English Release 29-January 2015
- President's Secretariat
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Ministry of Overseas Indian Affairs17-September, 2008 16:57 IST
|India Poised for Social Security Agreements with
Indian Workers Abroad to Get Better Deal
|India is set to sign a series of Social Security Agreements with foreign countries for securing a better deal for Indian nationals working abroad. Government has already approved signing of agreements with Germany, Netherlands, Oman and Bahrain. These agreements are slated to be signed next month. An agreement with France is likely to come up for the approval of the Union Cabinet soon. Negotiations are currently being carried on for conclusion of an agreement with Switzerland. Discussions are scheduled with Norway and Sweden in coming days. India has already signed a Social Security Agreement with Belgium.
Bilateral social security agreements with these countries can protect the interests of Indian professionals by securing exemption from social security contribution in case of short-term contracts (provided the worker is covered under the Indian social security system and continues to pay his contribution to the Indian system during the period of contract). The agreement also helps in exportability of benefits in case of relocation to India or any other country after having made social security contribution during a longer term employment, given the social security system extant in most countries. Such agreements would also make Indian companies more competitive since exemption from social security contribution in respect of their employees substantially reduces costs. The agreements also provide for totalisation of insurance periods pertaining to both countries for determination of entitlement to benefits.
Most of the developed countries have an umbrella social security system mandated by law. It is funded through mandatory contribution from all working people and their employers (in a prescribed ratio) in order to provide multiple benefits like old age pension, disability insurance, health insurance and unemployment insurance. Generally the contribution is in the form of a fixed percentage of income subject to a maximum lumpsum limit.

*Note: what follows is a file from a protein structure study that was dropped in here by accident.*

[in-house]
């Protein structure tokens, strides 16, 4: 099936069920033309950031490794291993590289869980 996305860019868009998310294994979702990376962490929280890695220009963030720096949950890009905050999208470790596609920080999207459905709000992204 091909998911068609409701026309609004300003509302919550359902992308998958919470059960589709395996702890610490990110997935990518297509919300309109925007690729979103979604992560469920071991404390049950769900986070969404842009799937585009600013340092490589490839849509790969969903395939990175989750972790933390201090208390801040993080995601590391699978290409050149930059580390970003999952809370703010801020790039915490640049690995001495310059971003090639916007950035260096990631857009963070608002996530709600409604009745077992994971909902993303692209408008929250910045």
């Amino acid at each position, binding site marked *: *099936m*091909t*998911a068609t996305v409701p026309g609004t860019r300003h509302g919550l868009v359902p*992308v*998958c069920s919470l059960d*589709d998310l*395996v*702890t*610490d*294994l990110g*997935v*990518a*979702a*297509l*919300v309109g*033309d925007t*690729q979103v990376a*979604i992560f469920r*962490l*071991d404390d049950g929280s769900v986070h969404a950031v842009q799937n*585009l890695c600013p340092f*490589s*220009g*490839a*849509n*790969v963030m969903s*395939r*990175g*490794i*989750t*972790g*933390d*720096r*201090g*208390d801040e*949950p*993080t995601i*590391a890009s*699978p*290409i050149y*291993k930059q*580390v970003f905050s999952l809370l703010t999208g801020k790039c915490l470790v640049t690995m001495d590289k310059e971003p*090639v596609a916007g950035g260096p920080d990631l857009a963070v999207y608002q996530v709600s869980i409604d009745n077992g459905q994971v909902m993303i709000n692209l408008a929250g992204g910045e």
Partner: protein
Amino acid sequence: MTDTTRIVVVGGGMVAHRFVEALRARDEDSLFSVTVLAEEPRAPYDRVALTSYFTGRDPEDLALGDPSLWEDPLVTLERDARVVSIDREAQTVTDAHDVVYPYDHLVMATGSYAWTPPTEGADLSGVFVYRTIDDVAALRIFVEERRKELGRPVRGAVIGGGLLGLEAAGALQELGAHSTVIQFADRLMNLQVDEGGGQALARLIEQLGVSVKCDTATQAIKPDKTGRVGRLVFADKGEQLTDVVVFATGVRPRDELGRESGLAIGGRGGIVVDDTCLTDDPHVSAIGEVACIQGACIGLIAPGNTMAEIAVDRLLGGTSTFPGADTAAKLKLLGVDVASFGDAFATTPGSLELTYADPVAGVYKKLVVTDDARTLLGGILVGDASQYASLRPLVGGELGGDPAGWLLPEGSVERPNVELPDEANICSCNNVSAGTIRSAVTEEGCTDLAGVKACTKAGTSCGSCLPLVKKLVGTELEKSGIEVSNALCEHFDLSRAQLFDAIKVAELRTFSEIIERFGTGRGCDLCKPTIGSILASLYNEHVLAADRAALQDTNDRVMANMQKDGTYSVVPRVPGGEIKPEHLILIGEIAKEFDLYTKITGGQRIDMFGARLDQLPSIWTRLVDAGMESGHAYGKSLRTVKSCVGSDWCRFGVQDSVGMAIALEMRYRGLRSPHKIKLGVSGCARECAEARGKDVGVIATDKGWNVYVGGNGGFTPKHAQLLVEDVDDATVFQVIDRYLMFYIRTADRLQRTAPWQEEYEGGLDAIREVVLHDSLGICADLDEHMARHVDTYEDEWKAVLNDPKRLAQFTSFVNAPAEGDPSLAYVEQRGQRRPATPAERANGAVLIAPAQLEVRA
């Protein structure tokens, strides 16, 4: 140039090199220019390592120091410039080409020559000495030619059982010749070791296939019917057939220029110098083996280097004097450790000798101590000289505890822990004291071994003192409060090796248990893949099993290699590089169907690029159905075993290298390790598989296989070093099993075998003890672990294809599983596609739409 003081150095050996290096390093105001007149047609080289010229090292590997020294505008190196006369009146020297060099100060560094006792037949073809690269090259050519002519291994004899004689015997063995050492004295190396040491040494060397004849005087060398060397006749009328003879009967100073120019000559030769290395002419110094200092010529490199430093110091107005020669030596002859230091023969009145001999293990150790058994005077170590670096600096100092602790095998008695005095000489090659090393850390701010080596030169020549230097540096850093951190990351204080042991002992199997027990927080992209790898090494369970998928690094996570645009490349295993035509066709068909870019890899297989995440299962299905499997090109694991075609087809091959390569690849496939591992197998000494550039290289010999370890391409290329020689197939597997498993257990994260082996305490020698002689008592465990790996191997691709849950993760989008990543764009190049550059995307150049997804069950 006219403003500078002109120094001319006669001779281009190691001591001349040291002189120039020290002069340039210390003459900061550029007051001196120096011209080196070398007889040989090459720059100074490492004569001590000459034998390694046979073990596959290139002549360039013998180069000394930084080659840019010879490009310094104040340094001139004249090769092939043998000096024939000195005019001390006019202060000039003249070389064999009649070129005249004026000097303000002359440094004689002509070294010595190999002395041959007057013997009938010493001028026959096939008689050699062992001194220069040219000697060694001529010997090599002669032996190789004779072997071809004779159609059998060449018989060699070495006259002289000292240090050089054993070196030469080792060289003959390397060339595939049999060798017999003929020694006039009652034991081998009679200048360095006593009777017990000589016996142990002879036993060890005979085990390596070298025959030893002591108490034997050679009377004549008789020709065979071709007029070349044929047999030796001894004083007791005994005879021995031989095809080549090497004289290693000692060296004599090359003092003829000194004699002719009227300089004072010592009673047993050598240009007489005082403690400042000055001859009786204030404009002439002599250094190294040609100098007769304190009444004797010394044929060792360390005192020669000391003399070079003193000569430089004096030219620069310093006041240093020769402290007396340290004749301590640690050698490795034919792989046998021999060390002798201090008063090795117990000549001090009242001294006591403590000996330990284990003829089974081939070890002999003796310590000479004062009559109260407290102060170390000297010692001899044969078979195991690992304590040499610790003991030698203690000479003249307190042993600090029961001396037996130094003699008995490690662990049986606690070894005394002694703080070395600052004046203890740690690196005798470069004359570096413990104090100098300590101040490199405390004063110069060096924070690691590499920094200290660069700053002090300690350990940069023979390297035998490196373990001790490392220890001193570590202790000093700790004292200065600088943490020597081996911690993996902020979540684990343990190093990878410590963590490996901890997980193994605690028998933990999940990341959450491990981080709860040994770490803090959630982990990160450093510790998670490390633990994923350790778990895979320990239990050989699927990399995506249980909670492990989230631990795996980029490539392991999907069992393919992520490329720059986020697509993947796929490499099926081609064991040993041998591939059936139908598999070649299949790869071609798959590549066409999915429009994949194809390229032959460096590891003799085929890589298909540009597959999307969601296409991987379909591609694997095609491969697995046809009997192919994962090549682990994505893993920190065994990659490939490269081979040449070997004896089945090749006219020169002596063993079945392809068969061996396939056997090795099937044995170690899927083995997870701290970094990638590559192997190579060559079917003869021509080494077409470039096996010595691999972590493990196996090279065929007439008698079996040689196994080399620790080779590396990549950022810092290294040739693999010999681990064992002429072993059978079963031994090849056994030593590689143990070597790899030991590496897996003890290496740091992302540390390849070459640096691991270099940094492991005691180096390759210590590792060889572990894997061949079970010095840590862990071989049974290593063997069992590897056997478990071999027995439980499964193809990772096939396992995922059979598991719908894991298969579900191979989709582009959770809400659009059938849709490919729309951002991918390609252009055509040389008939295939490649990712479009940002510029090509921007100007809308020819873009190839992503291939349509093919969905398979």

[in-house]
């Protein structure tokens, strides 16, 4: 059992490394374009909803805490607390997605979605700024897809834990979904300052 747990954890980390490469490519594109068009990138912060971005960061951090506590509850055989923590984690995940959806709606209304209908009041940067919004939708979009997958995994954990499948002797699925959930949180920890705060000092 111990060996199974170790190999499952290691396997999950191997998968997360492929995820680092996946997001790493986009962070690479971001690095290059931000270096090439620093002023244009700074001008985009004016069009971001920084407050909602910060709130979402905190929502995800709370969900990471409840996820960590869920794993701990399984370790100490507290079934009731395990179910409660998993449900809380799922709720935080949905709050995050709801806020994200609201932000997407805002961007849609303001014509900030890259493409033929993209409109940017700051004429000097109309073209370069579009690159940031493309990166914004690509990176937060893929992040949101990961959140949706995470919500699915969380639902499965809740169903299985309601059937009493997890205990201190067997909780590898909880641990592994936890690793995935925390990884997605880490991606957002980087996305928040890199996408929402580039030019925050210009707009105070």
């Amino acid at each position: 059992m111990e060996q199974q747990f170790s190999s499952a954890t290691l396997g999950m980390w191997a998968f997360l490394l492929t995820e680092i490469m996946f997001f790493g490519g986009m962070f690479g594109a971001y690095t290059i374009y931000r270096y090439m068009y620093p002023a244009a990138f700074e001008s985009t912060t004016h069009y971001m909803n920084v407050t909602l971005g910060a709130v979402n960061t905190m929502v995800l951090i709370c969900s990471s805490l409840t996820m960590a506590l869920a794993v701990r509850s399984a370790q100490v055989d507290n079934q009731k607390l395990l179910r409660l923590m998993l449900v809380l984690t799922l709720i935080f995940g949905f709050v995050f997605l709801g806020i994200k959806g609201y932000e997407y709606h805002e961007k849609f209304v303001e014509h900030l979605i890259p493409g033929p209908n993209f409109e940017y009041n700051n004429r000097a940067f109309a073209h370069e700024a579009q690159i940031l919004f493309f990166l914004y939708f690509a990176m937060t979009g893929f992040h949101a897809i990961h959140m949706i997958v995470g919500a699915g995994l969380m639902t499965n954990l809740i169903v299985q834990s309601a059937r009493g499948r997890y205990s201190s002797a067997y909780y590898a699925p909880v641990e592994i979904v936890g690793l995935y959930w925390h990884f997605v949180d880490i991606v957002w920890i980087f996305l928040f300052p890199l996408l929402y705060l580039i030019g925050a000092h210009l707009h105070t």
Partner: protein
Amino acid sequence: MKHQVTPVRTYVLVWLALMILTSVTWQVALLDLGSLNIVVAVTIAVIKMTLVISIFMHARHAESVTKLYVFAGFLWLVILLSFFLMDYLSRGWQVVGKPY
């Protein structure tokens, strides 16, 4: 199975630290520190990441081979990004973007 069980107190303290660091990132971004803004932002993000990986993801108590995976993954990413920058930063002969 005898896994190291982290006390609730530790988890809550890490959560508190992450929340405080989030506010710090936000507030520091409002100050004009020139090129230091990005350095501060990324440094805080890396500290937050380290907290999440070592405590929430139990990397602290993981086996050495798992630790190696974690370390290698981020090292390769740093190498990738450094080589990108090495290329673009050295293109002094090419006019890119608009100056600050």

Indian workers are often posted to these countries by their Indian employers on short term contract and during this period they continue to make social security contribution in India as per Indian law. Yet, they are compelled to pay contribution under the host countries legislation too. Moreover, they do not get any benefit from the social security contribution made abroad, because most countries do not allow export of social security benefit. Most countries also have a minimum contribution period criteria as a result of which if a worker stays abroad for a lesser period, the contribution made by him is simply lost. Similarly, the self-employed Indians in these countries despite having made contribution throughout their active life spent in these countries get deprived of any benefits in case they relocate to India in old age, which is often the case. Another disadvantage is that due to the high rate of social security tax, the Indian companies become less competitive while bidding for projects in these countries.
The Overseas Indian Community is estimated at over 25 million people spread across more than 110 countries. The community falls under two categories –the persons of Indian origin (PIOs) and the non-resident Indians (NRIs). The latter segment includes the various categories of overseas Indian workers such as unskilled, skilled, professionals and self-employed. Most of the low skilled Indian workers are concentrated in the Gulf region and Malaysia. Professionals and self-employed Indians are found mostly in developed countries like the EU member states, the USA, Australia, New Zealand, and Japan etc.
The future opportunities for overseas employment are considered high. At present about 54% of the population of India is in the age group below 25 years. By 2020 India will be the world’s youngest nation with a workforce estimated at 820 million as compared to 400 million today. On the other hand the population of most of the developed countries is aging. Obviously, for their sustained economic growth these countries would need a large emigrant workforce in future. This migration is likely to be of short to medium term duration with migrants returning to their home country after completing the employment period. India is likely to become a major source of migrant professionals due to its vast reservoir of technically qualified manpower in sectors like Information Technology, Engineering, Health, Finance and Management.
(Release ID :42874)